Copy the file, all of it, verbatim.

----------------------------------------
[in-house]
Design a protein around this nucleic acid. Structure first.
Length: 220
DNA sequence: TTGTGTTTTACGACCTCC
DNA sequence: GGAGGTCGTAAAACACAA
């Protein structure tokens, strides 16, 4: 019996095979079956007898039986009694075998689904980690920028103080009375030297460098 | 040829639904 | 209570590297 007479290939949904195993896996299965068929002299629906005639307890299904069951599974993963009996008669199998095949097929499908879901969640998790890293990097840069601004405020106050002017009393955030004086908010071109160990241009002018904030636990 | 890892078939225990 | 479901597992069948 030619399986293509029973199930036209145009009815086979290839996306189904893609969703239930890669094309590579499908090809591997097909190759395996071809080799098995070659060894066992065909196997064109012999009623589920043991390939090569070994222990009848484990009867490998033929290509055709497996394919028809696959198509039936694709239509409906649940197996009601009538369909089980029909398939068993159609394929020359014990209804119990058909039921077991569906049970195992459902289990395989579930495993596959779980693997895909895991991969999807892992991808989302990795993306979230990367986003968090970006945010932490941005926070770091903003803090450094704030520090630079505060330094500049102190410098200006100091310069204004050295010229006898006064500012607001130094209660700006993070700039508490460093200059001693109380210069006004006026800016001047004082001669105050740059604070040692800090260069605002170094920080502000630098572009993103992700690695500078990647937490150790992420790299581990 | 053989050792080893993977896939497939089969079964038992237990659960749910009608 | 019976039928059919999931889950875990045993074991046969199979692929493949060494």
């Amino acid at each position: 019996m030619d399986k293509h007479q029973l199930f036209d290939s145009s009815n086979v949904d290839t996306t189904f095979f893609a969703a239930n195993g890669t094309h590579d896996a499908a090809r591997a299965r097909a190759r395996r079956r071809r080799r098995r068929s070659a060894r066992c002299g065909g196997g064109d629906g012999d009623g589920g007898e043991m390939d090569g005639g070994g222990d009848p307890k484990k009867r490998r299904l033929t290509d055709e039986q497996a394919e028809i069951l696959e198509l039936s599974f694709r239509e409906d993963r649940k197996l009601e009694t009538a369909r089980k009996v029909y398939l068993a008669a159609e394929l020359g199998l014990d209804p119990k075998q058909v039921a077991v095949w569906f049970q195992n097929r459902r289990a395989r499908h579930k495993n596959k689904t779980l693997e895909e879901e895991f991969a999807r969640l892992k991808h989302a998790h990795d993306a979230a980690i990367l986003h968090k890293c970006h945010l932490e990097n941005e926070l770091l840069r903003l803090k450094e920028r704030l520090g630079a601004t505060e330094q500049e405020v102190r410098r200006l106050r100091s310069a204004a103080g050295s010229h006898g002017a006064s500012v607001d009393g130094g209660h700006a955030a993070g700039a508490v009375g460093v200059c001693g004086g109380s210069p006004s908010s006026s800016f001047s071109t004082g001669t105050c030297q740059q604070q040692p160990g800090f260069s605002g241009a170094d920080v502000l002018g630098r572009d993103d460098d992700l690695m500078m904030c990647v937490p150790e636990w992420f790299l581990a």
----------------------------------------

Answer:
[in-house]
Design a protein around this nucleic acid. Structure first.
Length: 220
DNA sequence: TTGTGTTTTACGACCTCC
DNA sequence: GGAGGTCGTAAAACACAA
């Protein structure tokens, strides 16, 4: 019996095979079956007898039986009694075998689904980690920028103080009375030297460098 | 040829639904 | 209570590297 007479290939949904195993896996299965068929002299629906005639307890299904069951599974993963009996008669199998095949097929499908879901969640998790890293990097840069601004405020106050002017009393955030004086908010071109160990241009002018904030636990 | 890892078939225990 | 479901597992069948 030619399986293509029973199930036209145009009815086979290839996306189904893609969703239930890669094309590579499908090809591997097909190759395996071809080799098995070659060894066992065909196997064109012999009623589920043991390939090569070994222990009848484990009867490998033929290509055709497996394919028809696959198509039936694709239509409906649940197996009601009538369909089980029909398939068993159609394929020359014990209804119990058909039921077991569906049970195992459902289990395989579930495993596959779980693997895909895991991969999807892992991808989302990795993306979230990367986003968090970006945010932490941005926070770091903003803090450094704030520090630079505060330094500049102190410098200006100091310069204004050295010229006898006064500012607001130094209660700006993070700039508490460093200059001693109380210069006004006026800016001047004082001669105050740059604070040692800090260069605002170094920080502000630098572009993103992700690695500078990647937490150790992420790299581990 | 053989050792080893993977896939497939089969079964038992237990659960749910009608 | 019976039928059919999931889950875990045993074991046969199979692929493949060494």
């Amino acid at each position: 019996m030619d399986k293509h007479q029973l199930f036209d290939s145009s009815n086979v949904d290839t996306t189904f095979f893609a969703a239930n195993g890669t094309h590579d896996a499908a090809r591997a299965r097909a190759r395996r079956r071809r080799r098995r068929s070659a060894r066992c002299g065909g196997g064109d629906g012999d009623g589920g007898e043991m390939d090569g005639g070994g222990d009848p307890k484990k009867r490998r299904l033929t290509d055709e039986q497996a394919e028809i069951l696959e198509l039936s599974f694709r239509e409906d993963r649940k197996l009601e009694t009538a369909r089980k009996v029909y398939l068993a008669a159609e394929l020359g199998l014990d209804p119990k075998q058909v039921a077991v095949w569906f049970q195992n097929r459902r289990a395989r499908h579930k495993n596959k689904t779980l693997e895909e879901e895991f991969a999807r969640l892992k991808h989302a998790h990795d993306a979230a980690i990367l986003h968090k890293c970006h945010l932490e990097n941005e926070l770091l840069r903003l803090k450094e920028r704030l520090g630079a601004t505060e330094q500049e405020v102190r410098r200006l106050r100091s310069a204004a103080g050295s010229h006898g002017a006064s500012v607001d009393g130094g209660h700006a955030a993070g700039a508490v009375g460093v200059c001693g004086g109380s210069p006004s908010s006026s800016f001047s071109t004082g001669t105050c030297q740059q604070q040692p160990g800090f260069s605002g241009a170094d920080v502000l002018g630098r572009d993103d460098d992700l690695m500078m904030c990647v937490p150790e636990w992420f790299l581990a």